Film Review: Transformers: Age of Extinction

Transformers: Age of Extinction

Transformers: Age of Extinction certainly offers spectacle, thanks to great special effects and sound design. It is a pity that not as much effort was put into the plot of Michael Bay’s film.

Five years after the battle between the Autobots and Decepticons took place in Chicago, all alien robots are considered to be a threat by the US government. With Autobots being hunted down, when an self-styled inventor buys an old truck, he thinks he has found a Transformer…

Like the previous Transformers movies, Age of Extinction suffers from the problem of visual style over narrative substance. It seems like a lack of thought has gone into the story and plotting, which detracts from the positive aspects of the film.

The plot of Transformers: Age of Extinction is riddled with holes. There are elements that are introduced at the beginning of the film that are swept aside, or not really dealt with in any tangible way. There are various narrative strands at play, which explains the lengthy run time. However, some of these strands do not tie in successfully with others.

Transformers: Age of Extinction suffers from the problem of having to juggle various narrative elements, yet even with this abundance of activity the film lacks depth and purpose. Bay’s film feels overlong; there is too much in the first half of the film that could have been trimmed down.

With the various elements being introduced at the beginning of the film, at one point it appears as if screenwriter Ehren Kruger may have something interesting to say about threat and the nature of alien. However this gives way to the everyman story of Mark Wahlberg’s Cade and his family, which simply is not engaging. At least Stanley Tucci’s character shows some personality. Any hopes of a more tangible narrative are dashed by the undisguised product placement and the most overt political propaganda (in order to appease or appeal to a specific market).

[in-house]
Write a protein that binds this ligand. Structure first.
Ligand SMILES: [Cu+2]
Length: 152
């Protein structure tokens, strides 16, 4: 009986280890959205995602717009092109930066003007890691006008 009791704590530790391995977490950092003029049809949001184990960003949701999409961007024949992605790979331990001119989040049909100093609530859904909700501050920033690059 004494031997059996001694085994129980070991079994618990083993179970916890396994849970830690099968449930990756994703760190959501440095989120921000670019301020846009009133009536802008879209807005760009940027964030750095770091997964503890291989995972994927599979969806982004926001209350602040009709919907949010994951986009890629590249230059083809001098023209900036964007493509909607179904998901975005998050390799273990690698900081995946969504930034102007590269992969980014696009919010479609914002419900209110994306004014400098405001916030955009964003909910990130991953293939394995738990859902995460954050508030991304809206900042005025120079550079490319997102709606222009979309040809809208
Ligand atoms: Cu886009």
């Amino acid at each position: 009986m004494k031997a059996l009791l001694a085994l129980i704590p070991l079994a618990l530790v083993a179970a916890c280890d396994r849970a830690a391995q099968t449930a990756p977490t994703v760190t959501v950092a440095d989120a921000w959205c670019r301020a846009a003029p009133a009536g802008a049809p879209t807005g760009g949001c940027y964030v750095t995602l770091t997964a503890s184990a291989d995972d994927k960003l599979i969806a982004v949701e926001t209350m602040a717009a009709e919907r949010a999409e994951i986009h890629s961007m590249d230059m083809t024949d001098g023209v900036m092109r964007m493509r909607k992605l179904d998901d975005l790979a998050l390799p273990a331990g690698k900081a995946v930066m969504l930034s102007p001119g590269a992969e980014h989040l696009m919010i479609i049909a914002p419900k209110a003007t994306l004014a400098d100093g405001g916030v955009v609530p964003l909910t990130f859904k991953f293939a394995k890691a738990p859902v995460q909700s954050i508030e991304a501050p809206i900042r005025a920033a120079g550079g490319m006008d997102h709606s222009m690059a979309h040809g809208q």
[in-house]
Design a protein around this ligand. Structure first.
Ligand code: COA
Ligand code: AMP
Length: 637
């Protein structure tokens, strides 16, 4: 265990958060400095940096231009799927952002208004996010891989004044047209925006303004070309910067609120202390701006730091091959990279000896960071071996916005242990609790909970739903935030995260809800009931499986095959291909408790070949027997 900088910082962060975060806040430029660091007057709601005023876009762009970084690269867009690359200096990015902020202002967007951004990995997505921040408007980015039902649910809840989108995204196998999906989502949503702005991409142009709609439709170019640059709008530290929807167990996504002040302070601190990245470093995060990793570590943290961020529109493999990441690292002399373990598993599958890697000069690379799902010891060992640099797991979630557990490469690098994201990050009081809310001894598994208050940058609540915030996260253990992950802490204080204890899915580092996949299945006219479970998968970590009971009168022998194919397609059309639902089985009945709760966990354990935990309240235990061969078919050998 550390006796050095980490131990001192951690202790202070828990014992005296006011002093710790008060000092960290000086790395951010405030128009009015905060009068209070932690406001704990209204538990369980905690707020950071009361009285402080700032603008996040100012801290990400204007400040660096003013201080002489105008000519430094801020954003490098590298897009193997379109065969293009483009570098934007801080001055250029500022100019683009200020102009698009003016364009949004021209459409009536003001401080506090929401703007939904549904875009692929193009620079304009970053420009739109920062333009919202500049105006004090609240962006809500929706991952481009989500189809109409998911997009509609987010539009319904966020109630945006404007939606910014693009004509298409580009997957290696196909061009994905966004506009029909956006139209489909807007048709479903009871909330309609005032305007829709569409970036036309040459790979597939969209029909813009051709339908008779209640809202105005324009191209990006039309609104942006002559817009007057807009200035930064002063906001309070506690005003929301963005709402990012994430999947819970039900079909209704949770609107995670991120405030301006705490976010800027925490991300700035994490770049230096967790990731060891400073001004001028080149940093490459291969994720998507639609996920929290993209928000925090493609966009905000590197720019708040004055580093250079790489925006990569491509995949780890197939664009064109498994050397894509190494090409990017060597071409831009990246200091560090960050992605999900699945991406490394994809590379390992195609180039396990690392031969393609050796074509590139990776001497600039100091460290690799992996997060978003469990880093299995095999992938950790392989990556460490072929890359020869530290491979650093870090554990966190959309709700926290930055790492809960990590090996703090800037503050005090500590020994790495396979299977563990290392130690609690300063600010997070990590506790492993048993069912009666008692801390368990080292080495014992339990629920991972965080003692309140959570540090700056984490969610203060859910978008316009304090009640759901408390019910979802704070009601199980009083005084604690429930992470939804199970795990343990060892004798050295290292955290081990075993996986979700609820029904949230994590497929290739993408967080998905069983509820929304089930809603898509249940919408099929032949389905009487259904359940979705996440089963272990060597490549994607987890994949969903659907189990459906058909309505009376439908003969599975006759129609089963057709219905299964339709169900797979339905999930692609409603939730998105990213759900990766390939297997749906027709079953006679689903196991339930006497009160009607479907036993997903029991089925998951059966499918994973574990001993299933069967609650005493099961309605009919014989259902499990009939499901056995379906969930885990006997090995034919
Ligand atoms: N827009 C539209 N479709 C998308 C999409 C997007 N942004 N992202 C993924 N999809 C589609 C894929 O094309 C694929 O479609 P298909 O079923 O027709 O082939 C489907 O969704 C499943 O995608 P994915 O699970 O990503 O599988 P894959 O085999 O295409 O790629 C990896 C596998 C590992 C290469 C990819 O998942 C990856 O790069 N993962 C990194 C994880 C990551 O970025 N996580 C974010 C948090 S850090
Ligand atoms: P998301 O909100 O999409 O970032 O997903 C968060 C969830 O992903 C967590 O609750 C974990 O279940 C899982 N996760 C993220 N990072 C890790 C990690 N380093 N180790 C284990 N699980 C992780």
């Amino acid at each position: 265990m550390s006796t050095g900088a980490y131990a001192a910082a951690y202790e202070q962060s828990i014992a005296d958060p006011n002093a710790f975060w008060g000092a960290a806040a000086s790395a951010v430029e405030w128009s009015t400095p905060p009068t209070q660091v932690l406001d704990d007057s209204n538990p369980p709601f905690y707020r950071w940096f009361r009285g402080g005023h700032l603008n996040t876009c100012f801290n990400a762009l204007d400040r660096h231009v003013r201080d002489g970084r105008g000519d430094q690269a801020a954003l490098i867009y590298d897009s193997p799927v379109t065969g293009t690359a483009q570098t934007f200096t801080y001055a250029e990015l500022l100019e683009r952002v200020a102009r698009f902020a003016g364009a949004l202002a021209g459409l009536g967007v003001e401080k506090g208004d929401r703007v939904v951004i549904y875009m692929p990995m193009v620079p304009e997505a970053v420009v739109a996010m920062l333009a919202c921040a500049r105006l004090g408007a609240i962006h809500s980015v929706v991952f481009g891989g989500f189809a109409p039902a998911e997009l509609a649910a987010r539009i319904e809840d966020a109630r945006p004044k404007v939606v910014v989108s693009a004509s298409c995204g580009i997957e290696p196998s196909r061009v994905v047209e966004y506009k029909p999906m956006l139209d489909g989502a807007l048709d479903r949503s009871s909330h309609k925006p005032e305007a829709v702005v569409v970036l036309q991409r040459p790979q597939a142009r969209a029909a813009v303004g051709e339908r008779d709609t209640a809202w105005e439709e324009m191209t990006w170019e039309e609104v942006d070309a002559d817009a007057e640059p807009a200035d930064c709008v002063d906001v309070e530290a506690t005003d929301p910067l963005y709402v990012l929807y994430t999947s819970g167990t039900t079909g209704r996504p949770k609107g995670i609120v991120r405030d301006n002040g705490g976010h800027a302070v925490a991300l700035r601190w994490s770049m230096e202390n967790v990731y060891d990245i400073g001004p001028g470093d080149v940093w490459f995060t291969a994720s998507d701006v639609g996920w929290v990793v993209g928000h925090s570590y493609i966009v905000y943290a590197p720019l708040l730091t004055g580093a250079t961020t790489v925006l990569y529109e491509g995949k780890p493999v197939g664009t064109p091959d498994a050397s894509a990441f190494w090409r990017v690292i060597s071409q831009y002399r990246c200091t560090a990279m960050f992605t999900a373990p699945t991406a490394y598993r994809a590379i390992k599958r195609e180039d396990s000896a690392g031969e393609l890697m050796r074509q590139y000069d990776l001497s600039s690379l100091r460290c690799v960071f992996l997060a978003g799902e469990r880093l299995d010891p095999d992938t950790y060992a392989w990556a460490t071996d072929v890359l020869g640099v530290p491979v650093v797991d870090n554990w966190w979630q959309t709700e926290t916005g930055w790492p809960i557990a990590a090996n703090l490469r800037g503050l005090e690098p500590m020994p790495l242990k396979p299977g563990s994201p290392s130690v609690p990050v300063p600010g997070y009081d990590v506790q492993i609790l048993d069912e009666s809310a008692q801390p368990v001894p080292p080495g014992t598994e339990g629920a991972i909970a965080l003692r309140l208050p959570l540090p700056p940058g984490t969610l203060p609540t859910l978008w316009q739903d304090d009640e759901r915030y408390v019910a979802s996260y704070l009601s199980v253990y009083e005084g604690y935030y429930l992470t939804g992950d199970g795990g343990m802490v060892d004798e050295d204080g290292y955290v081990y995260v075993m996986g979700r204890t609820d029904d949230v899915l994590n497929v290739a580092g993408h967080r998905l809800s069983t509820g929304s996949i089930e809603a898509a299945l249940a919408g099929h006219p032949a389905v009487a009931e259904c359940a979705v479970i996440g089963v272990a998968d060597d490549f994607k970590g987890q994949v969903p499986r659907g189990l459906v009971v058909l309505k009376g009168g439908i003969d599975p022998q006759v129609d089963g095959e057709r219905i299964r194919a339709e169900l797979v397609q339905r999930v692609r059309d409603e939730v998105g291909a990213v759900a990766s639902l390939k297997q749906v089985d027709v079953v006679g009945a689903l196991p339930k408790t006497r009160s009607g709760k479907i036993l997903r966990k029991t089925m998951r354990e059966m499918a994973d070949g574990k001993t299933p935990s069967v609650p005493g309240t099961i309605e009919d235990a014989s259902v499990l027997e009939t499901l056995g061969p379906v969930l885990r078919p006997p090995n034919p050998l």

Transformers: Age of Extinction redeems itself slightly with the climactic action scenes, which offer spectacle and some excitement. Visual effects are superb, with action scenes looking fantastic on an IMAX screen. Sound also works well to cement a sense of spectacle.

Most viewers who flock to see Transformers: Age of Extinction will not care what the reviews say. However, even these cinemagoers may hanker for a little more depth and narrative coherency.